PAL Seeks To Pull Out As Weed & Seed's Fiscal Agent
Far Rockaway's Weed and Seed site has been struggling with the fact that it could lose its entire grant for this year - $200,000 - if the Police Athletic League resigns from the position of fiscal agent, as they have said they would do this past April.
In a Weed and Seed steering committee memo obtained by The Wave, Ed Williams - the committee's cochairman - laid out the problem for committee members if the PAL, which oversees the site's finances, pulls out.
"PAL has been undergoing many internal changes," said Williams in the July 23 memo. "The executive director, John Ryan….and a new executive director, Felix Urrutia, was hired in October 2006."
According to Williams, site representatives met with Urrutia in February 2007. At that time, Urrutia said he would review his agency's interest in continuing in the position of fiscal agent. On April 2, the PAL announced they would sever their relationship as fiscal agent with the Far Rockaway organization.
Yet, when he spoke with The Wave on Wednesday evening, Urrutia gave a different version of the events at the February meeting.
"From day one, we said that PAL does not want to serve as a fiscal agent," said Urrutia, who added that site representatives would not take "no" for an answer.
When site coordinator Denean Ferguson advised him it would cause problems if they pulled out, Urrutia agreed to stay until June.
"We met in April, and she asked us to hold until September," Urrutia explained. "We agreed, even though we didn't want to. On two occasions, we told both Ed Williams and Denean Ferguson we didn't want to remain and they convinced us to. It was not until August we were told they would lose the grant."
Urrutia also believes, that from its history, the Far Rockaway Weed and Seed site is a problem one, having had at least three fiscal agents in the last few years.
The NYPD was the original fiscal agent. When their contract ran out in 2005, the Queens Library took over. They resigned from the position in 2006.
Urrutia did point out that since he came on as executive director last October, the vision for PAL had changed.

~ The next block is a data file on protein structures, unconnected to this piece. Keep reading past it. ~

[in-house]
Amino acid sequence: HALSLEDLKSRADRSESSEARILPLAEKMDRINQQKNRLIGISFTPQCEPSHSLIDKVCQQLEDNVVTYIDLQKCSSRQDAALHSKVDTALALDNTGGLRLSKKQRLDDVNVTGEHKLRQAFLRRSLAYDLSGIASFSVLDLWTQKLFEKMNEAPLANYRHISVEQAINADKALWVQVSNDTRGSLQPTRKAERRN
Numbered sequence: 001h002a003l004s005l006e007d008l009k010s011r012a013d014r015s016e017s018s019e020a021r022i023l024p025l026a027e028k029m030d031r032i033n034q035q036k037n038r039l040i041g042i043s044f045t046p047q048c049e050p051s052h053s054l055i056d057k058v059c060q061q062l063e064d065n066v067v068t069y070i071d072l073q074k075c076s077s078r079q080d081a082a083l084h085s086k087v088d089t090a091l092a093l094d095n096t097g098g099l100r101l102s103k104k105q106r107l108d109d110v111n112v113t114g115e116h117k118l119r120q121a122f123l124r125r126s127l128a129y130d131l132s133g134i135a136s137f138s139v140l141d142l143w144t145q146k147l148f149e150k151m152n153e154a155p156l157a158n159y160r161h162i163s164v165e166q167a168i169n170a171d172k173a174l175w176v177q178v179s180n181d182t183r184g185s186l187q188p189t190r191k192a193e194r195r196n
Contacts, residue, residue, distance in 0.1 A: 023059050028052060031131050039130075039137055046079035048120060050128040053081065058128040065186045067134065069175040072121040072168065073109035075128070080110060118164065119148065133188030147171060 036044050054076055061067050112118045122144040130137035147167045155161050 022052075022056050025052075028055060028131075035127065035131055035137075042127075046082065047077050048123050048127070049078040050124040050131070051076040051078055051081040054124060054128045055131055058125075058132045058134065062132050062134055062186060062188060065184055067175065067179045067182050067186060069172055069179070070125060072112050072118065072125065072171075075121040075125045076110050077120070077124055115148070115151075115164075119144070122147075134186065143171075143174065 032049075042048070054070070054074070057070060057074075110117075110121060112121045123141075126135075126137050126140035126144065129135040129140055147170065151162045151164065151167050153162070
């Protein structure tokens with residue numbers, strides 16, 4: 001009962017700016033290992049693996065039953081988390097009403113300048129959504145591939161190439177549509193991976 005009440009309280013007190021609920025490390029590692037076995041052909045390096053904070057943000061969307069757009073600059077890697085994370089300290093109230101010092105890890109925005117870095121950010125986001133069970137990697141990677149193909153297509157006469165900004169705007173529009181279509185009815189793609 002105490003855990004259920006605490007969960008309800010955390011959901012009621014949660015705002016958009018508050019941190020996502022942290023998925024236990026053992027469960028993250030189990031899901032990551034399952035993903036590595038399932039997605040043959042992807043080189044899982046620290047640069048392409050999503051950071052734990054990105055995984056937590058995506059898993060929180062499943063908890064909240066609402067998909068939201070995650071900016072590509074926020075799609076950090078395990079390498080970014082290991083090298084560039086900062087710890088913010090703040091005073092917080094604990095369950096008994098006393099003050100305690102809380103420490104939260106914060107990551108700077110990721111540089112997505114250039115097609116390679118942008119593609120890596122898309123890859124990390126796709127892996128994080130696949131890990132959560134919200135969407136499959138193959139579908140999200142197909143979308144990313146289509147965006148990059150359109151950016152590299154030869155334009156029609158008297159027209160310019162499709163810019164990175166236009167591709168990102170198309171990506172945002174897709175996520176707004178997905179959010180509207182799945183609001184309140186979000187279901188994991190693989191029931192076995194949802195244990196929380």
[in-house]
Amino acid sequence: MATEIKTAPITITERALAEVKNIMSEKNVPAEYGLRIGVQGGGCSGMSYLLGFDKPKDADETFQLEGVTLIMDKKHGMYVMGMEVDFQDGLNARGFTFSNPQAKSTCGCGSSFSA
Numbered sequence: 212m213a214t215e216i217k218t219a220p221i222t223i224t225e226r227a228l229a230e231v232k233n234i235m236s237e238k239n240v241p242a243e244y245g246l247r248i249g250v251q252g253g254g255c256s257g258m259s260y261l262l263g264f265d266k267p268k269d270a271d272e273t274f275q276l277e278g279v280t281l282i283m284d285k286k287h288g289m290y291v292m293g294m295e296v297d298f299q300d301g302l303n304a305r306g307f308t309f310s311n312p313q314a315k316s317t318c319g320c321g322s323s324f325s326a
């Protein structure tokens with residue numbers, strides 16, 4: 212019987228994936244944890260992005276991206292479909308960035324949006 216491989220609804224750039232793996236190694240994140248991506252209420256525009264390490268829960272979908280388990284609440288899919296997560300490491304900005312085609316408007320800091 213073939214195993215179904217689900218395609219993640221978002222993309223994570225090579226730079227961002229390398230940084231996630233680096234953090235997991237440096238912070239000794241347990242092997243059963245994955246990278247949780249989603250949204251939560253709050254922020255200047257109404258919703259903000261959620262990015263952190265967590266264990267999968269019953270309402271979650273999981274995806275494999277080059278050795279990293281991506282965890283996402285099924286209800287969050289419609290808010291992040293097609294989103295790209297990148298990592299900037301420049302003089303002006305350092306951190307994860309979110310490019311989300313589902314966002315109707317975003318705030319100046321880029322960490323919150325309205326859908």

"We no longer serve as fiscal conduits," he said. "We're not comfortable in this day and age doing it."
Although the Rockaway Development and Revitalization Corporation's executive director Kevin Alexander has expressed interest in the organization taking over the role as fiscal agent, Joyce Bradford of the Department of Justice's Community Capacity Development Office (which runs the program) in Washington, D.C. has said a change in fiscal agents is not possible.
According to Williams, Bradford - who is the program manager for Weed and Seed - told them they could not change fiscal agents every year.
Kim Fuller, a legislative assistant for Congressman Gregory Meeks, spoke with The Wave on Monday. She said that Meeks is extremely concerned about the situation and has reached out to the PAL's executive director.
"[Mr. Urrutia] said they do not want to continue into the next funding cycle because they lose money," said Fuller.
Urrutia said it costs more than the $3,000 fee they are paid to do the job. He asked Meeks to help them get funding for a year to monitor the site, but got no response to the request.
"The PAL is not interested in hurting the Far Rockaway peninsula in any way," said Urrutia. "We will not make any decision that will result in the loss of funding for the Far Rockaway community."
Urrutia believes it would be better for a local organization to act as the fiscal agent for the Far Rockaway site. He is hoping that, through the Queens district attorney's office, they can get Washington to change its mind.
"We are trying to ask the U.S. Attorney to allow another fiscal conduit change," Urrutia said. "We would happily transition over to RDRC if the U.S. Attorney would grant the switch. If not, PAL will stay, even though we do not want to. We don't want to be the reason they lost $200,000."
In his memo, Williams pointed out the urgency to resolve the matter.
"The site has only one possible year of funding remaining, and in a neighborhood like Far Rockaway, we need as much funding and programs as we can garner to stem the tide of crime in our community," said Williams.
Weed and Seed is a strategy that brings law enforcement and local residents together to reduce crime and improve the quality of life in communities across the country.
Some of those who have been aided by the Rockaway program are the 101 Precinct's Explorer program for young people, the Far Rockaway and Arverne Libraries, DEFY (Drug Education for Youth) - the nationwide program the 101 Precinct participates in - and the Police Athletic League.